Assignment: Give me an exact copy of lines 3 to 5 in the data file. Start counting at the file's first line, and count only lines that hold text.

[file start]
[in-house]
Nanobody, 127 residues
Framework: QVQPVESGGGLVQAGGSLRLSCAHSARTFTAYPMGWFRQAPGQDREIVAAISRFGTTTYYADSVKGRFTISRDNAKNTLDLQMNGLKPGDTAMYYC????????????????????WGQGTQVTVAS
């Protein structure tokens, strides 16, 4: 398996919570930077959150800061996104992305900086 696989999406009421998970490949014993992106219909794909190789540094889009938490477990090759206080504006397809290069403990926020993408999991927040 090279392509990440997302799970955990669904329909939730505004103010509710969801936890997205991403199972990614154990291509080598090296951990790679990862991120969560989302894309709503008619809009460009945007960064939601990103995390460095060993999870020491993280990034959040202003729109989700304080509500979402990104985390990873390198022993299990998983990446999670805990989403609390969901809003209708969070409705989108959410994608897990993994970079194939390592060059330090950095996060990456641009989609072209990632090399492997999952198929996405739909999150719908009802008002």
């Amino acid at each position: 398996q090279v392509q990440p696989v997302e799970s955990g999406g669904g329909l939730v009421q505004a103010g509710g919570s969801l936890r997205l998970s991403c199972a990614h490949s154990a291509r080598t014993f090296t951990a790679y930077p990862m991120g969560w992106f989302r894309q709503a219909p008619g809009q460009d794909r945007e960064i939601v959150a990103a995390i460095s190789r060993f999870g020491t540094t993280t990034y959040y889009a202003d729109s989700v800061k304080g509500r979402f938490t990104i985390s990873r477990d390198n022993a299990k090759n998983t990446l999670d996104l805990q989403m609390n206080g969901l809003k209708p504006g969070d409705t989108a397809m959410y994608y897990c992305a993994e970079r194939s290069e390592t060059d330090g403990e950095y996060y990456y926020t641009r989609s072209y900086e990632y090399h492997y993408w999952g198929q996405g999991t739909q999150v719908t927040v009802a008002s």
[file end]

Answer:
Framework: QVQPVESGGGLVQAGGSLRLSCAHSARTFTAYPMGWFRQAPGQDREIVAAISRFGTTTYYADSVKGRFTISRDNAKNTLDLQMNGLKPGDTAMYYC????????????????????WGQGTQVTVAS
């Protein structure tokens, strides 16, 4: 398996919570930077959150800061996104992305900086 696989999406009421998970490949014993992106219909794909190789540094889009938490477990090759206080504006397809290069403990926020993408999991927040 090279392509990440997302799970955990669904329909939730505004103010509710969801936890997205991403199972990614154990291509080598090296951990790679990862991120969560989302894309709503008619809009460009945007960064939601990103995390460095060993999870020491993280990034959040202003729109989700304080509500979402990104985390990873390198022993299990998983990446999670805990989403609390969901809003209708969070409705989108959410994608897990993994970079194939390592060059330090950095996060990456641009989609072209990632090399492997999952198929996405739909999150719908009802008002």
């Amino acid at each position: 398996q090279v392509q990440p696989v997302e799970s955990g999406g669904g329909l939730v009421q505004a103010g509710g919570s969801l936890r997205l998970s991403c199972a990614h490949s154990a291509r080598t014993f090296t951990a790679y930077p990862m991120g969560w992106f989302r894309q709503a219909p008619g809009q460009d794909r945007e960064i939601v959150a990103a995390i460095s190789r060993f999870g020491t540094t993280t990034y959040y889009a202003d729109s989700v800061k304080g509500r979402f938490t990104i985390s990873r477990d390198n022993a299990k090759n998983t990446l999670d996104l805990q989403m609390n206080g969901l809003k209708p504006g969070d409705t989108a397809m959410y994608y897990c992305a993994e970079r194939s290069e390592t060059d330090g403990e950095y996060y990456y926020t641009r989609s072209y900086e990632y090399h492997y993408w999952g198929q996405g999991t739909q999150v719908t927040v009802a008002s």